As gay roommates Martin and Randall hatch a plan to out a celebrity actor (who is nearly but never named and alluded to with hilariously reduxed movie titles), they receive two surprise visitors and their plan becomes a full-blown mission to rescue Randall’s abducted boyfriend Tom from a celebrity cult. Then things really get weird.

Shouts to writer/actor Bil Antoniou, director (and my pal) Victoria Shepherd, and actors Rée Andrews, JP Baldwin, Sarah Cunningham, Joel MacMeekin, Alan Shonfield and Michael Soulard, as well as producer Virginia Jones, SM Alexa Carroll and set designer Alexis Chubb. Nicely done, folks!

Big, campy, culty fun. I laughed lots – in fact, I LMAO lots.

Fabulous outdoor classics

Hey kids! In addition to the Toronto Fringe, there’s also some amazing outdoor theatre happening in and around the big smoke/GTA:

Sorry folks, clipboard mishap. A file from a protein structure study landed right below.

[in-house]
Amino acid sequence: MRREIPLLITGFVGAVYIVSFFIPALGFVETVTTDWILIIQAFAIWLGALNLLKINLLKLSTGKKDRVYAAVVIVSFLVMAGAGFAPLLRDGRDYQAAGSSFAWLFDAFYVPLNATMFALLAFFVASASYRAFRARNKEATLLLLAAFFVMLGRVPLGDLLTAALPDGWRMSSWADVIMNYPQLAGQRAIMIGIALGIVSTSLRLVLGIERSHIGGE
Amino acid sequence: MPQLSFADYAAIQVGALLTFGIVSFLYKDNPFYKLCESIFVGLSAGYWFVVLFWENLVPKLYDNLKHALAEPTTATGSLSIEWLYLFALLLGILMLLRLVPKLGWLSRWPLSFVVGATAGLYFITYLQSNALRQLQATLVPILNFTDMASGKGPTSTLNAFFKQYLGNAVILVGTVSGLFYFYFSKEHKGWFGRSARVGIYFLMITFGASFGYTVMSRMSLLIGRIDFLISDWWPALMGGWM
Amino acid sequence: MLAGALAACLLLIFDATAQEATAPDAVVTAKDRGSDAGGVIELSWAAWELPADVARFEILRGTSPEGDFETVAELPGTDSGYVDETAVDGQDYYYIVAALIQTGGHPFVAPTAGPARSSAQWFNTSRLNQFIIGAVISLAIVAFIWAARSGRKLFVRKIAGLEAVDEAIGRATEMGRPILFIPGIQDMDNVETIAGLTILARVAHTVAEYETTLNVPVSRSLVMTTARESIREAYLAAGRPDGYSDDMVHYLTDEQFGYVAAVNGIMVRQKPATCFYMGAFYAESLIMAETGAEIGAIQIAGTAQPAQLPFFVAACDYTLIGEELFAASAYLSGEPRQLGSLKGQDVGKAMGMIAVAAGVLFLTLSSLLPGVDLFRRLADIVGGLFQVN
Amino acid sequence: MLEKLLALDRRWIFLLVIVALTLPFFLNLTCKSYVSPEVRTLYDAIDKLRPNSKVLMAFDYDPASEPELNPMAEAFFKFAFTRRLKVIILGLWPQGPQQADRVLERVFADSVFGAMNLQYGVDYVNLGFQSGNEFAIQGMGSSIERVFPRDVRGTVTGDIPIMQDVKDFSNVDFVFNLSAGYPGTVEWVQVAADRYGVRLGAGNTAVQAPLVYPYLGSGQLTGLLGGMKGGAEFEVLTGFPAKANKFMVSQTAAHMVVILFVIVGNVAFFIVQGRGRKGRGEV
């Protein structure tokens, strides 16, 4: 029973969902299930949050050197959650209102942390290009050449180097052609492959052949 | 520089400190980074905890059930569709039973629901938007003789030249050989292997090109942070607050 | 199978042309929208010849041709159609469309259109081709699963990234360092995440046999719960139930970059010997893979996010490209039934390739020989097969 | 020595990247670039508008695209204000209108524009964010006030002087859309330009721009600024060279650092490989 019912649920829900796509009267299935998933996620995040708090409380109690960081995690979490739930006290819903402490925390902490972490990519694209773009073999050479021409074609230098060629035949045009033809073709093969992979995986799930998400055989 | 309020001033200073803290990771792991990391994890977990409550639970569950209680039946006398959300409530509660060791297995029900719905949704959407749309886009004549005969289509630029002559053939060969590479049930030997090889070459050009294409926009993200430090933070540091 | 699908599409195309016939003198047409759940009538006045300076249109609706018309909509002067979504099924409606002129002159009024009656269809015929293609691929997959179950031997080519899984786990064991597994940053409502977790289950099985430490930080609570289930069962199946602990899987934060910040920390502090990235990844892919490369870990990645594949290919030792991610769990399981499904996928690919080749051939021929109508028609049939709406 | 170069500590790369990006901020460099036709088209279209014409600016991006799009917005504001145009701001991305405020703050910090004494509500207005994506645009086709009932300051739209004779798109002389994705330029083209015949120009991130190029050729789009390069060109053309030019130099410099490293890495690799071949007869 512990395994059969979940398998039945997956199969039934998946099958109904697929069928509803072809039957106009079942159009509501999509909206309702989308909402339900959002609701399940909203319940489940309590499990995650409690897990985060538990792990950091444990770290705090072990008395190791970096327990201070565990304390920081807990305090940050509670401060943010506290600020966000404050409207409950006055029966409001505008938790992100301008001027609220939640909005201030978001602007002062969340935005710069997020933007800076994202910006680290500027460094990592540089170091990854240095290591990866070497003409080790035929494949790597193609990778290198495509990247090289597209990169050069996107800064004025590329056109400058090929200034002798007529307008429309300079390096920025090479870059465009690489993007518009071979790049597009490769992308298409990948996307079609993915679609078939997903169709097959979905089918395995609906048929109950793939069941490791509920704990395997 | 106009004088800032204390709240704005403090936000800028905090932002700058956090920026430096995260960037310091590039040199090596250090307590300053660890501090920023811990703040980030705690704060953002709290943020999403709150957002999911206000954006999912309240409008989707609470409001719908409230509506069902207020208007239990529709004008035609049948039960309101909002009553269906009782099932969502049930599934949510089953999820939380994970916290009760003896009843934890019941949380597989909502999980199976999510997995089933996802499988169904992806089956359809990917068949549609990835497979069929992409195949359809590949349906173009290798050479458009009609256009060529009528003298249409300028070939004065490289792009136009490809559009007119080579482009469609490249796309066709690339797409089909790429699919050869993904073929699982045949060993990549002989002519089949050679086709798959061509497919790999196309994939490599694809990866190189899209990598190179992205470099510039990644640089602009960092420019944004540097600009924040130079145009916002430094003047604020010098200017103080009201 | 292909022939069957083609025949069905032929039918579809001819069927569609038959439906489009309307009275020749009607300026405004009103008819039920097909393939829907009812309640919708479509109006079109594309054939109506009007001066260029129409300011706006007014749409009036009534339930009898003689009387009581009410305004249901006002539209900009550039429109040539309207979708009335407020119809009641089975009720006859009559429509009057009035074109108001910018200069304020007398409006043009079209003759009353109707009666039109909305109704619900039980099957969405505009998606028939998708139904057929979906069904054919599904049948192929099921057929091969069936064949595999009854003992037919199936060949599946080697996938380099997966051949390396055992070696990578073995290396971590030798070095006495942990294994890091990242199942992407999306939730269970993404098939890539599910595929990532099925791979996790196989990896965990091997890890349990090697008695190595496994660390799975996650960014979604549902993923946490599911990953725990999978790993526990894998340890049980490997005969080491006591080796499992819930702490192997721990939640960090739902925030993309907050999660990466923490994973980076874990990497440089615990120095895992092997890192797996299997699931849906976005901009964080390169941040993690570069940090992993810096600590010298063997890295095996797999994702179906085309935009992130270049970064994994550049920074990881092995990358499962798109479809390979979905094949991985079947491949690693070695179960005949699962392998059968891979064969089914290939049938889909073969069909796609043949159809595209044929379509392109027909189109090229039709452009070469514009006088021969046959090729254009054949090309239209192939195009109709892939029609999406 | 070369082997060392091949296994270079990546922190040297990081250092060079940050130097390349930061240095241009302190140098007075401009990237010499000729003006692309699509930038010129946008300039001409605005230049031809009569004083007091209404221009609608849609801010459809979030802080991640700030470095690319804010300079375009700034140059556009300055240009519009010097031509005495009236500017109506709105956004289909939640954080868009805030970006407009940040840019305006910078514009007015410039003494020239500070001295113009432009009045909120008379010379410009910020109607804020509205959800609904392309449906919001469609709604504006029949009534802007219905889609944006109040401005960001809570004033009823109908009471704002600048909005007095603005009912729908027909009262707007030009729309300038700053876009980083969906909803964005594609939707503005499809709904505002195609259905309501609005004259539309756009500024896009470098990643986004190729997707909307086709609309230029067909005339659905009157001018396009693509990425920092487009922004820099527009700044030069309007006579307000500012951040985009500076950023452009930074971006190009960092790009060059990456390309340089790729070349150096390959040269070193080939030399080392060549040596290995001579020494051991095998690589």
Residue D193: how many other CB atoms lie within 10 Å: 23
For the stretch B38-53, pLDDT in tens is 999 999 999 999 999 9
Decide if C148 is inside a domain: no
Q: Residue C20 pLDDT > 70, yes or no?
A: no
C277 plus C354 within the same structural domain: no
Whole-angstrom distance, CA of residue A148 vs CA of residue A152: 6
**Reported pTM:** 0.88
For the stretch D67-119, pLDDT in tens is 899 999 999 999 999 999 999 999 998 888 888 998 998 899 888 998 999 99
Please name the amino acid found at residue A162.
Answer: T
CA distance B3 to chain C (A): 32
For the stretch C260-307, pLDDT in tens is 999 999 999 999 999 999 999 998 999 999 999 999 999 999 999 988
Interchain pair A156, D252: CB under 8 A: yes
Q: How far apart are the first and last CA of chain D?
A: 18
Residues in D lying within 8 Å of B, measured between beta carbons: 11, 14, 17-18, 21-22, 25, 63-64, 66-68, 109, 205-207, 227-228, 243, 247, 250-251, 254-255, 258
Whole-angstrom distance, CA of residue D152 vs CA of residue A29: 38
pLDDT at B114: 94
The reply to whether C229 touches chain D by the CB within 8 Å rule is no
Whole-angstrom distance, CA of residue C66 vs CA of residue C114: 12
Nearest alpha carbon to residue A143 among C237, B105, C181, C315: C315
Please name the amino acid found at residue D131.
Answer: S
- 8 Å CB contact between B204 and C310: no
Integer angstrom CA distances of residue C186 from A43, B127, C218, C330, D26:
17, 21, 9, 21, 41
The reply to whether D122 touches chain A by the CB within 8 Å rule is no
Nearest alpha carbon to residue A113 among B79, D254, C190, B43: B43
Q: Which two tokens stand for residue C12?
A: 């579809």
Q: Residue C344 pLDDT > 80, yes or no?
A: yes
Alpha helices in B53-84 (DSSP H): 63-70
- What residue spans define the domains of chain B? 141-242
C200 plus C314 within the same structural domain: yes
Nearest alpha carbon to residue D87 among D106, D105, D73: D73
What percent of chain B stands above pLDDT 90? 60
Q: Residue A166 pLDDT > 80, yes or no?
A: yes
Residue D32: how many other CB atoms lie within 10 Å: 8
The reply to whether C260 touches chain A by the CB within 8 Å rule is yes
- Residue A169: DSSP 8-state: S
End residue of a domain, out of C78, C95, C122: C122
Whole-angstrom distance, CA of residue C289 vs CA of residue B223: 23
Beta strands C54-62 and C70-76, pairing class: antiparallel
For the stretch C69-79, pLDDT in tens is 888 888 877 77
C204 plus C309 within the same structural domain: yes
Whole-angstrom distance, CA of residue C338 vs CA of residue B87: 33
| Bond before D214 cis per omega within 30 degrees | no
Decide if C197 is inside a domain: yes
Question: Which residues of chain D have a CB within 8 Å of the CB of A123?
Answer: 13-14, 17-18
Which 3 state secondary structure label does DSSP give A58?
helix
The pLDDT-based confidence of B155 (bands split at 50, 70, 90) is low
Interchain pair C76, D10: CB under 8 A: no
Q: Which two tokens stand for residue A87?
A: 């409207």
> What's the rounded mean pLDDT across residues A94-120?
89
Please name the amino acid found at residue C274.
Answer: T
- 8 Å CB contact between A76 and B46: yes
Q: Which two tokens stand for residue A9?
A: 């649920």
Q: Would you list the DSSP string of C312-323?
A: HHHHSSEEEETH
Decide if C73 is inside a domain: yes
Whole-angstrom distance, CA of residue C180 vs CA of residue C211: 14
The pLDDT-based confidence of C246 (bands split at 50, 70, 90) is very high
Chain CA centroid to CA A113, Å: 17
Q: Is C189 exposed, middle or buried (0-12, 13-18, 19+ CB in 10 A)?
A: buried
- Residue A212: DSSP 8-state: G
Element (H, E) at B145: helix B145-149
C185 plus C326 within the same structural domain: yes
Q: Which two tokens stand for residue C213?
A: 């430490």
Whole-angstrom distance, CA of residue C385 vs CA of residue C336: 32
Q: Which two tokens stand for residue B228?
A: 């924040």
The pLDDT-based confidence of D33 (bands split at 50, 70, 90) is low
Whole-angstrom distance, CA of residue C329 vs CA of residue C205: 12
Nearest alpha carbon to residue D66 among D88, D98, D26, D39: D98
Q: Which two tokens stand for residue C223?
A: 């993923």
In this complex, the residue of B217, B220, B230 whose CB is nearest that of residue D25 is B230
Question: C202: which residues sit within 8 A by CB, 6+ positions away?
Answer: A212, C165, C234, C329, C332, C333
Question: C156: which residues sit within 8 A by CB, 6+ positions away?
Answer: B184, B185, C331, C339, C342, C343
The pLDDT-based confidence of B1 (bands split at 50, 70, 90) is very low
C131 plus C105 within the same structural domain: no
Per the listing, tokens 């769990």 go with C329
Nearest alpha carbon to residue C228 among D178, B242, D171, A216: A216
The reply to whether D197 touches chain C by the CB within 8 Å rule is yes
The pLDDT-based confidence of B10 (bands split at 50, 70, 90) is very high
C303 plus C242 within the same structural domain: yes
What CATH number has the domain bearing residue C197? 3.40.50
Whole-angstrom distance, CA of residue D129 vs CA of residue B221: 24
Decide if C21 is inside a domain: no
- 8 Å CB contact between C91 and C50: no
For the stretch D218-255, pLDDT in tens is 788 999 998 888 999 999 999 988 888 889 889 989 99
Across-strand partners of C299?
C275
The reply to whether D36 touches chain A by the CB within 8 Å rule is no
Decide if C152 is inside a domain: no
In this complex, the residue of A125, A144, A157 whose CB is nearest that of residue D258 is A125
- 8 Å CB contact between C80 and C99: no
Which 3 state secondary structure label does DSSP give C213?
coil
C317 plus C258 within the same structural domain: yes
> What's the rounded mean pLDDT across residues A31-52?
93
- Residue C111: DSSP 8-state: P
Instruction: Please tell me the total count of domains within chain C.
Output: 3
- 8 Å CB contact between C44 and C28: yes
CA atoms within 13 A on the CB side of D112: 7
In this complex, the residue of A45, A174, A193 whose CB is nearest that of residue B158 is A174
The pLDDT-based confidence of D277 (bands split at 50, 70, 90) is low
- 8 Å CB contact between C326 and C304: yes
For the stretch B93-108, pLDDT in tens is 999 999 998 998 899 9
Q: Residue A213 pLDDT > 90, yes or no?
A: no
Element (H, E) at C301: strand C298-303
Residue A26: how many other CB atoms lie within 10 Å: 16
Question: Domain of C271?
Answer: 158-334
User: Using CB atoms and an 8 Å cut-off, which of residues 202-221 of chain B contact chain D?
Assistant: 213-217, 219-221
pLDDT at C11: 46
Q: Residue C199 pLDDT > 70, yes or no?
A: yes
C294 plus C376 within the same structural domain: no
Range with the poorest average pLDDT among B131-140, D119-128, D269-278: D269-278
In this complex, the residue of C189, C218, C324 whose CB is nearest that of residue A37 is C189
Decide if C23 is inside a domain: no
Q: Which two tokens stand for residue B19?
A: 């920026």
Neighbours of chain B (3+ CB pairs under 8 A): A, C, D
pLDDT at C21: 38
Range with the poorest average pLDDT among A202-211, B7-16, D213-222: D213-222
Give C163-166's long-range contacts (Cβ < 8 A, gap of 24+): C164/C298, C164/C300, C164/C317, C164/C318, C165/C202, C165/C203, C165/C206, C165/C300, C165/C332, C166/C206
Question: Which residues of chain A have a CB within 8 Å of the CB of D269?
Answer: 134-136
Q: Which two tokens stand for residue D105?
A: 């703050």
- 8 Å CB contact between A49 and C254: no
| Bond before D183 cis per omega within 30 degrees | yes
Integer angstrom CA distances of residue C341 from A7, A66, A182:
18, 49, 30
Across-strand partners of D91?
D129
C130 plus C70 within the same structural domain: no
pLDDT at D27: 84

Driftwood Theatre Group’s production of MacBeth opens today and tours all over southwestern Ontario. Check out their website for the schedule: http://driftwoodtheatre.com/index.htm

The Guild Festival Theatre is launching its inaugural season with The Cherry Orchard tonight – and the venue is particularly gorgeous. This production features actor Linzee Barclay, who folks will recognize from Cabbagetown Theatre’s No Sweetheart Required and Alumnae Theatre’s New Ideas Festival. Check out their website for more details: http://www.guildfestivaltheatre.ca/index.php

The Guild’s poster is also gorgeous (thanks to Linzee for hooking me up!):

Fringe is here, Fringe is here!

The Toronto Fringe Festival opens today, chickens. Shouts to some pals in Fringe this year:

Rosemary Doyle (actor) – Remember, Maggy?

Steve Flett (actor) – Wishes Are Horses

John Illingworth & Brenda Somers (actors) – Saved

Kat Leonard (creator/singer/actor) – A Depper Kind of Love

Derek Perks (actor) – Finally: An Epic Cycle

Tennille Read (actor) – We Few They Many

Victoria Shepherd (director) – Operation Impervious